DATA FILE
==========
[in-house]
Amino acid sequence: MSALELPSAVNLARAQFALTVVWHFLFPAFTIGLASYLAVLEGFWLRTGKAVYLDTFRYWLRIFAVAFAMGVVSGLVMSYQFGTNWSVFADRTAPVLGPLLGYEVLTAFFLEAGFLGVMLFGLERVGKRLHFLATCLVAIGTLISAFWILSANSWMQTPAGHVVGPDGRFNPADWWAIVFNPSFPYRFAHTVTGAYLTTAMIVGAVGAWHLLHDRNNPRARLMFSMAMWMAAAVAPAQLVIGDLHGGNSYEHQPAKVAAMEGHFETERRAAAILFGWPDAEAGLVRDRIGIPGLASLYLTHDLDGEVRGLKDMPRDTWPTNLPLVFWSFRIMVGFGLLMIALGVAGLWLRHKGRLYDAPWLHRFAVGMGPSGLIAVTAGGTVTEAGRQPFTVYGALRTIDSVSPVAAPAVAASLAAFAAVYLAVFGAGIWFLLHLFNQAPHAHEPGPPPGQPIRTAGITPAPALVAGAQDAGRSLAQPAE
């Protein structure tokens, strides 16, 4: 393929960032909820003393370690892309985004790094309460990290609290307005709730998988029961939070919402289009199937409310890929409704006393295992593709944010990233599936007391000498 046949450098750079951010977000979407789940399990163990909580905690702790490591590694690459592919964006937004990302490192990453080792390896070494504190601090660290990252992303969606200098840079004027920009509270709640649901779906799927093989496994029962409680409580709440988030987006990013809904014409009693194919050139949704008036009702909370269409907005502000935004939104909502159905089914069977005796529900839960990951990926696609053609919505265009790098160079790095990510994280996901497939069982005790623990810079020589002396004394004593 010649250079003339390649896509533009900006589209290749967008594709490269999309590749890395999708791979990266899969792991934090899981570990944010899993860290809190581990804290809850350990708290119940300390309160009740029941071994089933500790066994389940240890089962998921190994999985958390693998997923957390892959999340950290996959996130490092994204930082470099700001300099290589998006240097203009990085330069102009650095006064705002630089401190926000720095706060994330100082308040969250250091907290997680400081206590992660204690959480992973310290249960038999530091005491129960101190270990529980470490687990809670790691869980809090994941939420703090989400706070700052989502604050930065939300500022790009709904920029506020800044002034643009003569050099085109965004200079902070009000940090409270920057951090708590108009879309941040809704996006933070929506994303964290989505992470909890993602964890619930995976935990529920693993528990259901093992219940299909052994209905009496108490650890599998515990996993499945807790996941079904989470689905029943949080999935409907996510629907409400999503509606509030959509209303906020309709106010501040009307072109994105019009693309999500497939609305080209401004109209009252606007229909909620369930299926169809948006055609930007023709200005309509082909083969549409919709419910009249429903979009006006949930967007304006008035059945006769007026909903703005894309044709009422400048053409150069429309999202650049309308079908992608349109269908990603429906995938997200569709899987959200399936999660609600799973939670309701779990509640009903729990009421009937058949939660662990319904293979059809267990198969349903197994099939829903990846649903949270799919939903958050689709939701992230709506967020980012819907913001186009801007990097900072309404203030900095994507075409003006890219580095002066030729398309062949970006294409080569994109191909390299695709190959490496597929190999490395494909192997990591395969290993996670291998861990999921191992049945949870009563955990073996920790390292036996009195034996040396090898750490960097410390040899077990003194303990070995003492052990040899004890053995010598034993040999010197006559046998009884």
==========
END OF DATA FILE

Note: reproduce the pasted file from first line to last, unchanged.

[in-house]
Amino acid sequence: MSALELPSAVNLARAQFALTVVWHFLFPAFTIGLASYLAVLEGFWLRTGKAVYLDTFRYWLRIFAVAFAMGVVSGLVMSYQFGTNWSVFADRTAPVLGPLLGYEVLTAFFLEAGFLGVMLFGLERVGKRLHFLATCLVAIGTLISAFWILSANSWMQTPAGHVVGPDGRFNPADWWAIVFNPSFPYRFAHTVTGAYLTTAMIVGAVGAWHLLHDRNNPRARLMFSMAMWMAAAVAPAQLVIGDLHGGNSYEHQPAKVAAMEGHFETERRAAAILFGWPDAEAGLVRDRIGIPGLASLYLTHDLDGEVRGLKDMPRDTWPTNLPLVFWSFRIMVGFGLLMIALGVAGLWLRHKGRLYDAPWLHRFAVGMGPSGLIAVTAGGTVTEAGRQPFTVYGALRTIDSVSPVAAPAVAASLAAFAAVYLAVFGAGIWFLLHLFNQAPHAHEPGPPPGQPIRTAGITPAPALVAGAQDAGRSLAQPAE
């Protein structure tokens, strides 16, 4: 393929960032909820003393370690892309985004790094309460990290609290307005709730998988029961939070919402289009199937409310890929409704006393295992593709944010990233599936007391000498 046949450098750079951010977000979407789940399990163990909580905690702790490591590694690459592919964006937004990302490192990453080792390896070494504190601090660290990252992303969606200098840079004027920009509270709640649901779906799927093989496994029962409680409580709440988030987006990013809904014409009693194919050139949704008036009702909370269409907005502000935004939104909502159905089914069977005796529900839960990951990926696609053609919505265009790098160079790095990510994280996901497939069982005790623990810079020589002396004394004593 010649250079003339390649896509533009900006589209290749967008594709490269999309590749890395999708791979990266899969792991934090899981570990944010899993860290809190581990804290809850350990708290119940300390309160009740029941071994089933500790066994389940240890089962998921190994999985958390693998997923957390892959999340950290996959996130490092994204930082470099700001300099290589998006240097203009990085330069102009650095006064705002630089401190926000720095706060994330100082308040969250250091907290997680400081206590992660204690959480992973310290249960038999530091005491129960101190270990529980470490687990809670790691869980809090994941939420703090989400706070700052989502604050930065939300500022790009709904920029506020800044002034643009003569050099085109965004200079902070009000940090409270920057951090708590108009879309941040809704996006933070929506994303964290989505992470909890993602964890619930995976935990529920693993528990259901093992219940299909052994209905009496108490650890599998515990996993499945807790996941079904989470689905029943949080999935409907996510629907409400999503509606509030959509209303906020309709106010501040009307072109994105019009693309999500497939609305080209401004109209009252606007229909909620369930299926169809948006055609930007023709200005309509082909083969549409919709419910009249429903979009006006949930967007304006008035059945006769007026909903703005894309044709009422400048053409150069429309999202650049309308079908992608349109269908990603429906995938997200569709899987959200399936999660609600799973939670309701779990509640009903729990009421009937058949939660662990319904293979059809267990198969349903197994099939829903990846649903949270799919939903958050689709939701992230709506967020980012819907913001186009801007990097900072309404203030900095994507075409003006890219580095002066030729398309062949970006294409080569994109191909390299695709190959490496597929190999490395494909192997990591395969290993996670291998861990999921191992049945949870009563955990073996920790390292036996009195034996040396090898750490960097410390040899077990003194303990070995003492052990040899004890053995010598034993040999010197006559046998009884």